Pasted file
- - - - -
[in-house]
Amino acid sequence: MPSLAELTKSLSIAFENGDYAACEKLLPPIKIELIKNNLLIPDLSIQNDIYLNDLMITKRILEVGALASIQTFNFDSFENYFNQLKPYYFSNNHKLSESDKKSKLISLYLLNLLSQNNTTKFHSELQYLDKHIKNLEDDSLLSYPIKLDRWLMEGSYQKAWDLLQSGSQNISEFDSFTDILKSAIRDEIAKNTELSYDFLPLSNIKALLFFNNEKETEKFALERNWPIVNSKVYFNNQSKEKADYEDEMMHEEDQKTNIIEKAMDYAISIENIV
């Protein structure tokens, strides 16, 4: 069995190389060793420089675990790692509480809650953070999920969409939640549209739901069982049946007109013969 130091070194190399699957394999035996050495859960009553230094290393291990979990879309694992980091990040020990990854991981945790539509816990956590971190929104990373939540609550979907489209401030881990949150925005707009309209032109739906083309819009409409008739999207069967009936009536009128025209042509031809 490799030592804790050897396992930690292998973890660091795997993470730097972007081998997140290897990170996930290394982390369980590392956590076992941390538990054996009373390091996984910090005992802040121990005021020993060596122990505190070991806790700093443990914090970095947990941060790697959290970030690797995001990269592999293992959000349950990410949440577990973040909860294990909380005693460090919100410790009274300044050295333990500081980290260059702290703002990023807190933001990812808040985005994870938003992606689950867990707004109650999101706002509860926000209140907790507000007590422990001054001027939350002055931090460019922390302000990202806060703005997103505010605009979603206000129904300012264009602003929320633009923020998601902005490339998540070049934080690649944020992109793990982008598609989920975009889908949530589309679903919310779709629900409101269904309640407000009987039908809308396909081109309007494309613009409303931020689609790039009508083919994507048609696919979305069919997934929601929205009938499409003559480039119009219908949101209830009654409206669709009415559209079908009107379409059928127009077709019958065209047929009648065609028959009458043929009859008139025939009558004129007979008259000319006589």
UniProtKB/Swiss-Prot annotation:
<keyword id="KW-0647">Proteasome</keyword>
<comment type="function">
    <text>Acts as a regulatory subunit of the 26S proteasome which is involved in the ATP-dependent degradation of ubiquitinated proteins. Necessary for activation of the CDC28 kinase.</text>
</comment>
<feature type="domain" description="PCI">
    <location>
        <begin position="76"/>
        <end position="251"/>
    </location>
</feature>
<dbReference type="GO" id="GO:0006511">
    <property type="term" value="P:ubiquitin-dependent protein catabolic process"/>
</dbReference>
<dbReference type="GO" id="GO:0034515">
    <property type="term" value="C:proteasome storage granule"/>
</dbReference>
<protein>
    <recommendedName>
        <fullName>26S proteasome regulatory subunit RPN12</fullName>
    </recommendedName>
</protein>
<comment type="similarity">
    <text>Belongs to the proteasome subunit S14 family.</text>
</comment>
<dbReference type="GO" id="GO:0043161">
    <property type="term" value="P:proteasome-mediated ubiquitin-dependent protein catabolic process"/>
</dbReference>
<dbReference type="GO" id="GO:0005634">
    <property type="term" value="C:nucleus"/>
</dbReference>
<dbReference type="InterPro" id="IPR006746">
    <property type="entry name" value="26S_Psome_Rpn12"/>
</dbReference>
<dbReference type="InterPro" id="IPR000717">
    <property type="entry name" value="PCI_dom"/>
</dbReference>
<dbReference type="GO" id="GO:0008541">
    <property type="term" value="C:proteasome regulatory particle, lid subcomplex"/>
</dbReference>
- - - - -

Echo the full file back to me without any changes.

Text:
[in-house]
Amino acid sequence: MPSLAELTKSLSIAFENGDYAACEKLLPPIKIELIKNNLLIPDLSIQNDIYLNDLMITKRILEVGALASIQTFNFDSFENYFNQLKPYYFSNNHKLSESDKKSKLISLYLLNLLSQNNTTKFHSELQYLDKHIKNLEDDSLLSYPIKLDRWLMEGSYQKAWDLLQSGSQNISEFDSFTDILKSAIRDEIAKNTELSYDFLPLSNIKALLFFNNEKETEKFALERNWPIVNSKVYFNNQSKEKADYEDEMMHEEDQKTNIIEKAMDYAISIENIV
């Protein structure tokens, strides 16, 4: 069995190389060793420089675990790692509480809650953070999920969409939640549209739901069982049946007109013969 130091070194190399699957394999035996050495859960009553230094290393291990979990879309694992980091990040020990990854991981945790539509816990956590971190929104990373939540609550979907489209401030881990949150925005707009309209032109739906083309819009409409008739999207069967009936009536009128025209042509031809 490799030592804790050897396992930690292998973890660091795997993470730097972007081998997140290897990170996930290394982390369980590392956590076992941390538990054996009373390091996984910090005992802040121990005021020993060596122990505190070991806790700093443990914090970095947990941060790697959290970030690797995001990269592999293992959000349950990410949440577990973040909860294990909380005693460090919100410790009274300044050295333990500081980290260059702290703002990023807190933001990812808040985005994870938003992606689950867990707004109650999101706002509860926000209140907790507000007590422990001054001027939350002055931090460019922390302000990202806060703005997103505010605009979603206000129904300012264009602003929320633009923020998601902005490339998540070049934080690649944020992109793990982008598609989920975009889908949530589309679903919310779709629900409101269904309640407000009987039908809308396909081109309007494309613009409303931020689609790039009508083919994507048609696919979305069919997934929601929205009938499409003559480039119009219908949101209830009654409206669709009415559209079908009107379409059928127009077709019958065209047929009648065609028959009458043929009859008139025939009558004129007979008259000319006589």
UniProtKB/Swiss-Prot annotation:
<keyword id="KW-0647">Proteasome</keyword>
<comment type="function">
    <text>Acts as a regulatory subunit of the 26S proteasome which is involved in the ATP-dependent degradation of ubiquitinated proteins. Necessary for activation of the CDC28 kinase.</text>
</comment>
<feature type="domain" description="PCI">
    <location>
        <begin position="76"/>
        <end position="251"/>
    </location>
</feature>
<dbReference type="GO" id="GO:0006511">
    <property type="term" value="P:ubiquitin-dependent protein catabolic process"/>
</dbReference>
<dbReference type="GO" id="GO:0034515">
    <property type="term" value="C:proteasome storage granule"/>
</dbReference>
<protein>
    <recommendedName>
        <fullName>26S proteasome regulatory subunit RPN12</fullName>
    </recommendedName>
</protein>
<comment type="similarity">
    <text>Belongs to the proteasome subunit S14 family.</text>
</comment>
<dbReference type="GO" id="GO:0043161">
    <property type="term" value="P:proteasome-mediated ubiquitin-dependent protein catabolic process"/>
</dbReference>
<dbReference type="GO" id="GO:0005634">
    <property type="term" value="C:nucleus"/>
</dbReference>
<dbReference type="InterPro" id="IPR006746">
    <property type="entry name" value="26S_Psome_Rpn12"/>
</dbReference>
<dbReference type="InterPro" id="IPR000717">
    <property type="entry name" value="PCI_dom"/>
</dbReference>
<dbReference type="GO" id="GO:0008541">
    <property type="term" value="C:proteasome regulatory particle, lid subcomplex"/>
</dbReference>